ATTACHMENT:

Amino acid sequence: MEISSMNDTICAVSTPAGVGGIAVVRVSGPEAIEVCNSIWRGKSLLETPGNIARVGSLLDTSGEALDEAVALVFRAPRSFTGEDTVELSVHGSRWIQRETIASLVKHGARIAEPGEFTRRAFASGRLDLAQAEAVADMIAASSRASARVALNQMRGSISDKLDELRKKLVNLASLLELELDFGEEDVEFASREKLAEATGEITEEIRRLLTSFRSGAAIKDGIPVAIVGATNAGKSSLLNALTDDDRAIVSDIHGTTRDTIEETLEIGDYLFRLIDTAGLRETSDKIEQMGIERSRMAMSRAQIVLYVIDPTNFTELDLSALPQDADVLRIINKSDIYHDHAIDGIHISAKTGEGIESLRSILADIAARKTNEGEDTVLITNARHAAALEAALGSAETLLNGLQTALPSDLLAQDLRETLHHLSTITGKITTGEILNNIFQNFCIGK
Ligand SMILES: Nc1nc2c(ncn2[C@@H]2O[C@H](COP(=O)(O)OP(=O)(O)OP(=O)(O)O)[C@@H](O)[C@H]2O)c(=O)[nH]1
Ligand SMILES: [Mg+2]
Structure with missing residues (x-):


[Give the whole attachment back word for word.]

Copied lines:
Amino acid sequence: MEISSMNDTICAVSTPAGVGGIAVVRVSGPEAIEVCNSIWRGKSLLETPGNIARVGSLLDTSGEALDEAVALVFRAPRSFTGEDTVELSVHGSRWIQRETIASLVKHGARIAEPGEFTRRAFASGRLDLAQAEAVADMIAASSRASARVALNQMRGSISDKLDELRKKLVNLASLLELELDFGEEDVEFASREKLAEATGEITEEIRRLLTSFRSGAAIKDGIPVAIVGATNAGKSSLLNALTDDDRAIVSDIHGTTRDTIEETLEIGDYLFRLIDTAGLRETSDKIEQMGIERSRMAMSRAQIVLYVIDPTNFTELDLSALPQDADVLRIINKSDIYHDHAIDGIHISAKTGEGIESLRSILADIAARKTNEGEDTVLITNARHAAALEAALGSAETLLNGLQTALPSDLLAQDLRETLHHLSTITGKITTGEILNNIFQNFCIGK
Ligand SMILES: Nc1nc2c(ncn2[C@@H]2O[C@H](COP(=O)(O)OP(=O)(O)OP(=O)(O)O)[C@@H](O)[C@H]2O)c(=O)[nH]1
Ligand SMILES: [Mg+2]
Structure with missing residues (x-):